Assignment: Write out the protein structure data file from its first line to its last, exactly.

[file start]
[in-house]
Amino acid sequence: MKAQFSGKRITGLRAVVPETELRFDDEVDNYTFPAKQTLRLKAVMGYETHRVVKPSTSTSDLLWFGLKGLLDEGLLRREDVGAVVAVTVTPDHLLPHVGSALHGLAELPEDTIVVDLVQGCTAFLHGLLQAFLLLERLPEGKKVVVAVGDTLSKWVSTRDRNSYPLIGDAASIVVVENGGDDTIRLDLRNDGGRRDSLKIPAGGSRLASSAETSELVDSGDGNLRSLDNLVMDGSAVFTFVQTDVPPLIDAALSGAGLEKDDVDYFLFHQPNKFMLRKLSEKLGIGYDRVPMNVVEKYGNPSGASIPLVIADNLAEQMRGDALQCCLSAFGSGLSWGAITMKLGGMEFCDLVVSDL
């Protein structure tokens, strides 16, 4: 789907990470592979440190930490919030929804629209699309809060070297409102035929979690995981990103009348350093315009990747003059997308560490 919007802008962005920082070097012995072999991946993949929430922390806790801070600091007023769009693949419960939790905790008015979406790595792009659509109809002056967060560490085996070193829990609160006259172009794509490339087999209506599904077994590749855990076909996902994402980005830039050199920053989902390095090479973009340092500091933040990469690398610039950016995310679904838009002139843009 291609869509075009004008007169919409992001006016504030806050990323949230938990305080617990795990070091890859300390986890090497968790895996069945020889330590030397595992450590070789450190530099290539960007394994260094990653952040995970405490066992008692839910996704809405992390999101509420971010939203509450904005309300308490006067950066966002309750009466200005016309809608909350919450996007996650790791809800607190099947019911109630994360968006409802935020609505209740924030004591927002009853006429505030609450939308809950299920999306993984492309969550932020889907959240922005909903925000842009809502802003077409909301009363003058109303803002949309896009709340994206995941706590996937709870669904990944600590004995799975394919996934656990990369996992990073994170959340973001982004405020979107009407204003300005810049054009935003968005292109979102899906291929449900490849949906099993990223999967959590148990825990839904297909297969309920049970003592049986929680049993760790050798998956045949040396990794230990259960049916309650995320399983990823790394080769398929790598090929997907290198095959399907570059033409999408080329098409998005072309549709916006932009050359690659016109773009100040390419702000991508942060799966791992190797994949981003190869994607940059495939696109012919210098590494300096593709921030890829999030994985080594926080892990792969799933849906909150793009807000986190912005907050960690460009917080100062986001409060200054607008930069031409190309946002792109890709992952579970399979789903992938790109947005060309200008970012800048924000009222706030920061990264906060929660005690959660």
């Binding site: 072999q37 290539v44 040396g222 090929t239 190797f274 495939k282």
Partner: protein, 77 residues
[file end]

[in-house]
Amino acid sequence: MKAQFSGKRITGLRAVVPETELRFDDEVDNYTFPAKQTLRLKAVMGYETHRVVKPSTSTSDLLWFGLKGLLDEGLLRREDVGAVVAVTVTPDHLLPHVGSALHGLAELPEDTIVVDLVQGCTAFLHGLLQAFLLLERLPEGKKVVVAVGDTLSKWVSTRDRNSYPLIGDAASIVVVENGGDDTIRLDLRNDGGRRDSLKIPAGGSRLASSAETSELVDSGDGNLRSLDNLVMDGSAVFTFVQTDVPPLIDAALSGAGLEKDDVDYFLFHQPNKFMLRKLSEKLGIGYDRVPMNVVEKYGNPSGASIPLVIADNLAEQMRGDALQCCLSAFGSGLSWGAITMKLGGMEFCDLVVSDL
């Protein structure tokens, strides 16, 4: 789907990470592979440190930490919030929804629209699309809060070297409102035929979690995981990103009348350093315009990747003059997308560490 919007802008962005920082070097012995072999991946993949929430922390806790801070600091007023769009693949419960939790905790008015979406790595792009659509109809002056967060560490085996070193829990609160006259172009794509490339087999209506599904077994590749855990076909996902994402980005830039050199920053989902390095090479973009340092500091933040990469690398610039950016995310679904838009002139843009 291609869509075009004008007169919409992001006016504030806050990323949230938990305080617990795990070091890859300390986890090497968790895996069945020889330590030397595992450590070789450190530099290539960007394994260094990653952040995970405490066992008692839910996704809405992390999101509420971010939203509450904005309300308490006067950066966002309750009466200005016309809608909350919450996007996650790791809800607190099947019911109630994360968006409802935020609505209740924030004591927002009853006429505030609450939308809950299920999306993984492309969550932020889907959240922005909903925000842009809502802003077409909301009363003058109303803002949309896009709340994206995941706590996937709870669904990944600590004995799975394919996934656990990369996992990073994170959340973001982004405020979107009407204003300005810049054009935003968005292109979102899906291929449900490849949906099993990223999967959590148990825990839904297909297969309920049970003592049986929680049993760790050798998956045949040396990794230990259960049916309650995320399983990823790394080769398929790598090929997907290198095959399907570059033409999408080329098409998005072309549709916006932009050359690659016109773009100040390419702000991508942060799966791992190797994949981003190869994607940059495939696109012919210098590494300096593709921030890829999030994985080594926080892990792969799933849906909150793009807000986190912005907050960690460009917080100062986001409060200054607008930069031409190309946002792109890709992952579970399979789903992938790109947005060309200008970012800048924000009222706030920061990264906060929660005690959660």
């Binding site: 072999q37 290539v44 040396g222 090929t239 190797f274 495939k282």
Partner: protein, 77 residues